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11.10.2005 Business & Finance

Ministry of Trade makes efforts to minimise taxes

By GNA
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Accra, Oct. 11, GNA - The Ministry of Trade and Industry is looking at ways to minimise taxes imposed on the industrial sector which are making their products less competitive to those imported into the country.

It has begun collating ideas and suggestions from stakeholders in private industries as an input in the 2006 budget and to review some of the taxes especially the Value Added Tax. Mr Kwadwo Baah-Wiredu, Minister of Finance and Economic Planning, who chaired a forum for industrialists in Accra, said there was the need to review the law on the Value Added Tax (VAT) to make it more responsive to current needs.

He said since the law was passed eight years ago, it had not been refined yet there were new technologies and practicalities coming up which called for an adjustment.

Mr Baah-Wiredu said the old budget was inconclusive taking into consideration new trends in the industrial sector. He said though some of the issues raised might have been captured in the previous budgets, a task team had been set up to ensure that all other issues that were not captured were all represented.

The Minister noted that the Ministry of Finance and Ministry of Trade and Industry were working to ensure that corporate tax, which stood at 28 per cent, would be reduced to 25 per cent by 2007. Mr Baah-Wiredu said though stakeholders in the industrial sector complained of high tariffs, it should not be the basis for under-invoicing or over-invoicing since tariffs were critical to the growth of industries in Ghana.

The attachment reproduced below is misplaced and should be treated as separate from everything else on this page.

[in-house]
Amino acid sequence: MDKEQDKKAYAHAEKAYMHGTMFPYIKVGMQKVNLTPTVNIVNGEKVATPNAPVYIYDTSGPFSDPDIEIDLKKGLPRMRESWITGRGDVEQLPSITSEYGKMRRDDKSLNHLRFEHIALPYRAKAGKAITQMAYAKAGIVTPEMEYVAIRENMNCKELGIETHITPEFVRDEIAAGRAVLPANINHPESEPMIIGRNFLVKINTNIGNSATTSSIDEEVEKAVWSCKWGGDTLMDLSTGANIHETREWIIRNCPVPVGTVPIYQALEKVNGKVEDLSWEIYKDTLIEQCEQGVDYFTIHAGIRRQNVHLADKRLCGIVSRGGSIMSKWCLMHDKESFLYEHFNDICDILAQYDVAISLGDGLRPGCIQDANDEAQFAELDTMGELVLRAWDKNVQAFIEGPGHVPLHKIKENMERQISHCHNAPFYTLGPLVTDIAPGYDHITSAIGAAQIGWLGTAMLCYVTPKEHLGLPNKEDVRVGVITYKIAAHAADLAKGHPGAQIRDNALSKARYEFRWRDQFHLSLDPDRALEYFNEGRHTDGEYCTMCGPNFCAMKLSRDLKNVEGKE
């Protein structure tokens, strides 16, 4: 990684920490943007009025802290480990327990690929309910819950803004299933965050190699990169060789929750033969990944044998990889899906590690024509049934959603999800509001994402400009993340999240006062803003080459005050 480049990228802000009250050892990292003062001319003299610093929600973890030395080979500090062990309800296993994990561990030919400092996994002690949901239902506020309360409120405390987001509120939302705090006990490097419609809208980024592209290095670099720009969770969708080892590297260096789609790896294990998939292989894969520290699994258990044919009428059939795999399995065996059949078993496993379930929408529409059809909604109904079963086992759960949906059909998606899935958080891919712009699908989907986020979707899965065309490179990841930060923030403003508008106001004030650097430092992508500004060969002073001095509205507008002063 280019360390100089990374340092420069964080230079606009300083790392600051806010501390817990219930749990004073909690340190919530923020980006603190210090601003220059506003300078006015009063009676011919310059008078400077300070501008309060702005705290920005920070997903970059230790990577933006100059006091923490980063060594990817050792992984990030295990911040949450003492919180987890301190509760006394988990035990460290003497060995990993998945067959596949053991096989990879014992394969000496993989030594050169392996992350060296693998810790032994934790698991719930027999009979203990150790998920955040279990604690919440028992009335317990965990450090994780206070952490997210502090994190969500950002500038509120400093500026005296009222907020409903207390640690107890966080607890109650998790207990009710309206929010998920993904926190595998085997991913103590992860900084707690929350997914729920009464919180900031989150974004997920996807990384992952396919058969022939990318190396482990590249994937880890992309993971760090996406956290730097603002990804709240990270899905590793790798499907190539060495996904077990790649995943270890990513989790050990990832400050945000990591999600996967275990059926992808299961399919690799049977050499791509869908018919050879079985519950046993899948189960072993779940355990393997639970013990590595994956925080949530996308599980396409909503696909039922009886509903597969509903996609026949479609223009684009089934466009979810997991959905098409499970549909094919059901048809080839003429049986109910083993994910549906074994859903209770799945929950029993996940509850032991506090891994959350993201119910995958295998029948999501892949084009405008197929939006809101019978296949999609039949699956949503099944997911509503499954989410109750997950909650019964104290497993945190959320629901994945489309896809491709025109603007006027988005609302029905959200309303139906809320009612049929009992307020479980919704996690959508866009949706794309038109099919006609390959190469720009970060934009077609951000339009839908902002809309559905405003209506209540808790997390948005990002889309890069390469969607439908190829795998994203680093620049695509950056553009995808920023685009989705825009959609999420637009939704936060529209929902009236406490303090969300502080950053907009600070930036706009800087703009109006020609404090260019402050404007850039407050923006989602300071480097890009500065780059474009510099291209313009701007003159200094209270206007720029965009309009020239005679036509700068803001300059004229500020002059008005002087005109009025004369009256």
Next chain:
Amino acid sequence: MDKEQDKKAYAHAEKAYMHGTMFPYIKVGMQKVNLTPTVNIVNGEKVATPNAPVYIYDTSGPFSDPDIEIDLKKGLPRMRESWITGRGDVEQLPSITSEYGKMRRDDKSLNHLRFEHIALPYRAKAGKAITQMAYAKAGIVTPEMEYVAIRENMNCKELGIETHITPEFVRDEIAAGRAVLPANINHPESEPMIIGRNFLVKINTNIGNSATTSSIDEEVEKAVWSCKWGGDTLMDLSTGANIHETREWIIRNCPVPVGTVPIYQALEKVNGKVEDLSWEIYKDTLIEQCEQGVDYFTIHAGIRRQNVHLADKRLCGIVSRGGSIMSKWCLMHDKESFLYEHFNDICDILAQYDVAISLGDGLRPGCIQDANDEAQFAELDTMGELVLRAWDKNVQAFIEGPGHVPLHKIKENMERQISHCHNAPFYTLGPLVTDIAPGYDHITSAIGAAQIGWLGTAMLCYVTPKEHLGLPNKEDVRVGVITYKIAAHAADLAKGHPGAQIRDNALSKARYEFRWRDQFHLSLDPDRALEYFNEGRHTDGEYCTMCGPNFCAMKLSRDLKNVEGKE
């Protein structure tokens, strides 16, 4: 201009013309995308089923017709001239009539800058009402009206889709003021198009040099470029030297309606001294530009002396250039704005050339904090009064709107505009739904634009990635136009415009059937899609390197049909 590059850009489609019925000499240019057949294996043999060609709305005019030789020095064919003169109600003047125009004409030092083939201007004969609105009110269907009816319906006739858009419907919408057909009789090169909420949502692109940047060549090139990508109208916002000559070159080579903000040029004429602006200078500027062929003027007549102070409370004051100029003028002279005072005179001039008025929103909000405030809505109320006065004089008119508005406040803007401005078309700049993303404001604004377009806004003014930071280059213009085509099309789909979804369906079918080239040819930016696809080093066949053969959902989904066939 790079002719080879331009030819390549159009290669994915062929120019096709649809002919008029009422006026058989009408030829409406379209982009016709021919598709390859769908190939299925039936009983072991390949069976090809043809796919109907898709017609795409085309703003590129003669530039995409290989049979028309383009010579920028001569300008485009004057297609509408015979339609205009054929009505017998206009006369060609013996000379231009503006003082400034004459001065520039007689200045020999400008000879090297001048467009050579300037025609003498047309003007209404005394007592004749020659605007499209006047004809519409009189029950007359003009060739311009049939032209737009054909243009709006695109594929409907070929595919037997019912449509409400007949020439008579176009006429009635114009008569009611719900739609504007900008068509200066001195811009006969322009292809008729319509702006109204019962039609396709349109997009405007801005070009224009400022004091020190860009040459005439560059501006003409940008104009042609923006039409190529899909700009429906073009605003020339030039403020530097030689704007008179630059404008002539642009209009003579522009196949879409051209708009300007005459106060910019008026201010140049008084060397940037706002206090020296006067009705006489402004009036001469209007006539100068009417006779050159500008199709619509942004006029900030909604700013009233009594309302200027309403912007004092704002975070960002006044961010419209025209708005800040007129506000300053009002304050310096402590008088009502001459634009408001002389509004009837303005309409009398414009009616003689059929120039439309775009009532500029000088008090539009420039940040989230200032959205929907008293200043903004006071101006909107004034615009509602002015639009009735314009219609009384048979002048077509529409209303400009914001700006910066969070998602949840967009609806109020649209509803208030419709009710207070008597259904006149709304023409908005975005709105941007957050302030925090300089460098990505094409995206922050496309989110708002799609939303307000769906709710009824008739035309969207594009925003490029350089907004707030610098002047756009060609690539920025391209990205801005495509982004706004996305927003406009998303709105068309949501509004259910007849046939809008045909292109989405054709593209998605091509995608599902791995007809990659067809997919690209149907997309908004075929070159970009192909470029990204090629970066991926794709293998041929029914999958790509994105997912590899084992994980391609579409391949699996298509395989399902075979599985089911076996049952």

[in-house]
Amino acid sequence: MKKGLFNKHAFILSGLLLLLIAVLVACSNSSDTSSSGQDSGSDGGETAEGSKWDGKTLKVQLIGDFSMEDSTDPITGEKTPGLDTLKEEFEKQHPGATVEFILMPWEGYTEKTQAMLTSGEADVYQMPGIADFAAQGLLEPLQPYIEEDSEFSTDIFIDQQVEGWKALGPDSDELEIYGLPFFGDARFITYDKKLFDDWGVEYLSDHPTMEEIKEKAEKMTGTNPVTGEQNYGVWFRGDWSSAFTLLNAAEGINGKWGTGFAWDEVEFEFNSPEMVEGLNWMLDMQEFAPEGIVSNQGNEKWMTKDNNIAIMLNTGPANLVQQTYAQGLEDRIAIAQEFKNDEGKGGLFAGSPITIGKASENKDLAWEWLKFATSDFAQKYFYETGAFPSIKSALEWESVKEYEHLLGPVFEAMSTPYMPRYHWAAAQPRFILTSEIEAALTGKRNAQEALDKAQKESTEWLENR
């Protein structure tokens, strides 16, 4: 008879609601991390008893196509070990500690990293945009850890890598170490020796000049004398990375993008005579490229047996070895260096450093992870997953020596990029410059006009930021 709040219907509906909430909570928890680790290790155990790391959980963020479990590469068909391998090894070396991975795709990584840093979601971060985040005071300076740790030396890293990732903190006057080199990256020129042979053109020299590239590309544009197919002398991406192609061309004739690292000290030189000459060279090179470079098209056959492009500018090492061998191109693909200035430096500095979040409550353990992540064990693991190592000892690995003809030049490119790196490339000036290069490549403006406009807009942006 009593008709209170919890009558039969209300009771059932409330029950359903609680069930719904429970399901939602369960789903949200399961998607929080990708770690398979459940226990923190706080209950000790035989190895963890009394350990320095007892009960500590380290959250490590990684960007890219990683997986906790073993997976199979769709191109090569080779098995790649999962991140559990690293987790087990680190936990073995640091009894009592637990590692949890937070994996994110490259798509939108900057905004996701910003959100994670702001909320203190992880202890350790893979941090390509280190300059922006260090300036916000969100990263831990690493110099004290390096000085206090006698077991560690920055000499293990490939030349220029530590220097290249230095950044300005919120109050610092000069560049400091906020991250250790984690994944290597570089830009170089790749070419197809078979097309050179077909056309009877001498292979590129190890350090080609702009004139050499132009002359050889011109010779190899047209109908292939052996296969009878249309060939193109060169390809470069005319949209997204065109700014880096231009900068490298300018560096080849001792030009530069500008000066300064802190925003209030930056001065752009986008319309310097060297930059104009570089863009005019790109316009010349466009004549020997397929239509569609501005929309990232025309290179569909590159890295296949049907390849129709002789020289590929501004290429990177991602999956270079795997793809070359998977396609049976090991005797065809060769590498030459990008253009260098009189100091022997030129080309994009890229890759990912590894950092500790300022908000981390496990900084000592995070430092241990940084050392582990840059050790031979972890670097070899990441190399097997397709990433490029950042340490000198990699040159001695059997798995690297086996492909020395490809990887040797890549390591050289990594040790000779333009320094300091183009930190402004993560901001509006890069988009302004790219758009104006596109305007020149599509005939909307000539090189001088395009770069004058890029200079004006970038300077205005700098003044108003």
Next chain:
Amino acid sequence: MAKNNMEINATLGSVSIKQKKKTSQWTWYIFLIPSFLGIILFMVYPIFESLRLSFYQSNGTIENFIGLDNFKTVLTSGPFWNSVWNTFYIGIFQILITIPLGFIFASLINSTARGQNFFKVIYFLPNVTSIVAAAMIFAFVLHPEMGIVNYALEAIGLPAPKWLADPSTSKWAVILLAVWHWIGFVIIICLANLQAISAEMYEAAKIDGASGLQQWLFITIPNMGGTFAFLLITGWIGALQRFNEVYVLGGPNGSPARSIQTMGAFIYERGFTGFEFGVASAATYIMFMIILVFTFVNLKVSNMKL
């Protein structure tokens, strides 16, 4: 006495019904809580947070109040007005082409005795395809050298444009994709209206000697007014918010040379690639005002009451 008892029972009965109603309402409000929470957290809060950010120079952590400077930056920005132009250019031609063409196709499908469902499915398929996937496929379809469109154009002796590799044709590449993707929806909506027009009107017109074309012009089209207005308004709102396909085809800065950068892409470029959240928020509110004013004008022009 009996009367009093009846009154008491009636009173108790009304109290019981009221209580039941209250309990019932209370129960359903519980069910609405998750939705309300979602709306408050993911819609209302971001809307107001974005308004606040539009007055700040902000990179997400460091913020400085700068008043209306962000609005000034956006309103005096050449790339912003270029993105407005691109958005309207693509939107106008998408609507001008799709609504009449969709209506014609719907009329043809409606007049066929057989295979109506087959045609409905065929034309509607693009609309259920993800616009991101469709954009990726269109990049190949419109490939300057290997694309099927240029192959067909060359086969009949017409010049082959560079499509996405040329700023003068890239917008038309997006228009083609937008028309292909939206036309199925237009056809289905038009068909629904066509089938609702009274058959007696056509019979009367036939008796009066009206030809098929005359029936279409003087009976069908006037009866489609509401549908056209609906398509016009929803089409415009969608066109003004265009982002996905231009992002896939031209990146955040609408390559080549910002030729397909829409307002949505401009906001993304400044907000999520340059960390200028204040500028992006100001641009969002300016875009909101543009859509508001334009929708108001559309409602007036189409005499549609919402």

He said about 500 million dollars to 800 million dollars were being siphoned from developing countries due to this practice and urged participants to desist from it.

Mr Alan Kyerematen, Minister of Trade and Industry, said the forum, also to make inputs into the new industrial policy, would provide an opportunity for industrialists to find concrete solutions to problems facing the sector.

He said he was aware of complaints of high taxes on Made-in-Ghana goods that had been a hindrance to their competing effectively with the outside world and gave the assurance that the Government would do all in its power to make taxes more reasonable. The participants at the forum, most of who were representatives of private manufacturing companies, urged the Government to reduce the tariffs on the industrial sector since that had made their products uncompetitive.

They said most industrialists had gone into importing rather than manufacturing, as they could not afford the high tariffs. The participants called on the Government to use about 60 per cent of the budget for the informal sector since it was the only way to develop the rural areas to reduce poverty.

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